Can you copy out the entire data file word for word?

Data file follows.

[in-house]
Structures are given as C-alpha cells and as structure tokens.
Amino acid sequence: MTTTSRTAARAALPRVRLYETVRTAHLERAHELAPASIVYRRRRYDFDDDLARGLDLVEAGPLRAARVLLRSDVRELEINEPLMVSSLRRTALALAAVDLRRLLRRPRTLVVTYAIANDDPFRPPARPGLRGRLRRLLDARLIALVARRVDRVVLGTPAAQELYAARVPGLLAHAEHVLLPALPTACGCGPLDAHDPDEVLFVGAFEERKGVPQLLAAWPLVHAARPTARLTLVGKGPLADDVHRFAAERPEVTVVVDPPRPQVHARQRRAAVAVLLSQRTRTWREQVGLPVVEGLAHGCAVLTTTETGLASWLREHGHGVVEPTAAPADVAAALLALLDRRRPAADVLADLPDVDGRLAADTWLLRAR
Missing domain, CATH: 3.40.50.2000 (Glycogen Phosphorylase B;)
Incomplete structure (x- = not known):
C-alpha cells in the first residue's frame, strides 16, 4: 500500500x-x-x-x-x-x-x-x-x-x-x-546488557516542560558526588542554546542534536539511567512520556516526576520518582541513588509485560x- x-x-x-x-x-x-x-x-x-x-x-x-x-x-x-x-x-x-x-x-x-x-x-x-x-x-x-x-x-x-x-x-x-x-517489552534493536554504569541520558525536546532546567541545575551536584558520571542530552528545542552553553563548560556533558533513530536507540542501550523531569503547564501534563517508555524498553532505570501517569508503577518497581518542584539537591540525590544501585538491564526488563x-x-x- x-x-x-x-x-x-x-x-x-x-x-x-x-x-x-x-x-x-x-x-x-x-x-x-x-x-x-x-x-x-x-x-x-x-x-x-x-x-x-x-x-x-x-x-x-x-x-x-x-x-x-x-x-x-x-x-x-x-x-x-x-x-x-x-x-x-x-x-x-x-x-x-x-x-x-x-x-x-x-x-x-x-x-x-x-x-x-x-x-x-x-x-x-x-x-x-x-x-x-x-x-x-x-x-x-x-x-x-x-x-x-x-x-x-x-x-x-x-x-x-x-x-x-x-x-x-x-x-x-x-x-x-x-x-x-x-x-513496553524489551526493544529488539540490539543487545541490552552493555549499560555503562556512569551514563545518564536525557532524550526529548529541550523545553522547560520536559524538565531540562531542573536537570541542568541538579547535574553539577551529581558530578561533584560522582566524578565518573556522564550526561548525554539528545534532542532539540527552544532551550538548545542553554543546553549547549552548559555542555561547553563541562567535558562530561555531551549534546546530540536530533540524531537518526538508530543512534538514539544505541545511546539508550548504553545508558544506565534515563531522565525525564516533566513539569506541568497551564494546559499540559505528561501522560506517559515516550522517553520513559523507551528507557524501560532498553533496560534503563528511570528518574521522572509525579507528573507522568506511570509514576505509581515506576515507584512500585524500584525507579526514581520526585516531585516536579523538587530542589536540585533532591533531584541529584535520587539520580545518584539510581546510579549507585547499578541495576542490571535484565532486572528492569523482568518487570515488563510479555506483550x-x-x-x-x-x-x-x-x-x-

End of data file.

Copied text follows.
[in-house]
Structures are given as C-alpha cells and as structure tokens.
Amino acid sequence: MTTTSRTAARAALPRVRLYETVRTAHLERAHELAPASIVYRRRRYDFDDDLARGLDLVEAGPLRAARVLLRSDVRELEINEPLMVSSLRRTALALAAVDLRRLLRRPRTLVVTYAIANDDPFRPPARPGLRGRLRRLLDARLIALVARRVDRVVLGTPAAQELYAARVPGLLAHAEHVLLPALPTACGCGPLDAHDPDEVLFVGAFEERKGVPQLLAAWPLVHAARPTARLTLVGKGPLADDVHRFAAERPEVTVVVDPPRPQVHARQRRAAVAVLLSQRTRTWREQVGLPVVEGLAHGCAVLTTTETGLASWLREHGHGVVEPTAAPADVAAALLALLDRRRPAADVLADLPDVDGRLAADTWLLRAR
Missing domain, CATH: 3.40.50.2000 (Glycogen Phosphorylase B;)
Incomplete structure (x- = not known):
C-alpha cells in the first residue's frame, strides 16, 4: 500500500x-x-x-x-x-x-x-x-x-x-x-546488557516542560558526588542554546542534536539511567512520556516526576520518582541513588509485560x- x-x-x-x-x-x-x-x-x-x-x-x-x-x-x-x-x-x-x-x-x-x-x-x-x-x-x-x-x-x-x-x-x-x-517489552534493536554504569541520558525536546532546567541545575551536584558520571542530552528545542552553553563548560556533558533513530536507540542501550523531569503547564501534563517508555524498553532505570501517569508503577518497581518542584539537591540525590544501585538491564526488563x-x-x- x-x-x-x-x-x-x-x-x-x-x-x-x-x-x-x-x-x-x-x-x-x-x-x-x-x-x-x-x-x-x-x-x-x-x-x-x-x-x-x-x-x-x-x-x-x-x-x-x-x-x-x-x-x-x-x-x-x-x-x-x-x-x-x-x-x-x-x-x-x-x-x-x-x-x-x-x-x-x-x-x-x-x-x-x-x-x-x-x-x-x-x-x-x-x-x-x-x-x-x-x-x-x-x-x-x-x-x-x-x-x-x-x-x-x-x-x-x-x-x-x-x-x-x-x-x-x-x-x-x-x-x-x-x-x-x-x-513496553524489551526493544529488539540490539543487545541490552552493555549499560555503562556512569551514563545518564536525557532524550526529548529541550523545553522547560520536559524538565531540562531542573536537570541542568541538579547535574553539577551529581558530578561533584560522582566524578565518573556522564550526561548525554539528545534532542532539540527552544532551550538548545542553554543546553549547549552548559555542555561547553563541562567535558562530561555531551549534546546530540536530533540524531537518526538508530543512534538514539544505541545511546539508550548504553545508558544506565534515563531522565525525564516533566513539569506541568497551564494546559499540559505528561501522560506517559515516550522517553520513559523507551528507557524501560532498553533496560534503563528511570528518574521522572509525579507528573507522568506511570509514576505509581515506576515507584512500585524500584525507579526514581520526585516531585516536579523538587530542589536540585533532591533531584541529584535520587539520580545518584539510581546510579549507585547499578541495576542490571535484565532486572528492569523482568518487570515488563510479555506483550x-x-x-x-x-x-x-x-x-x-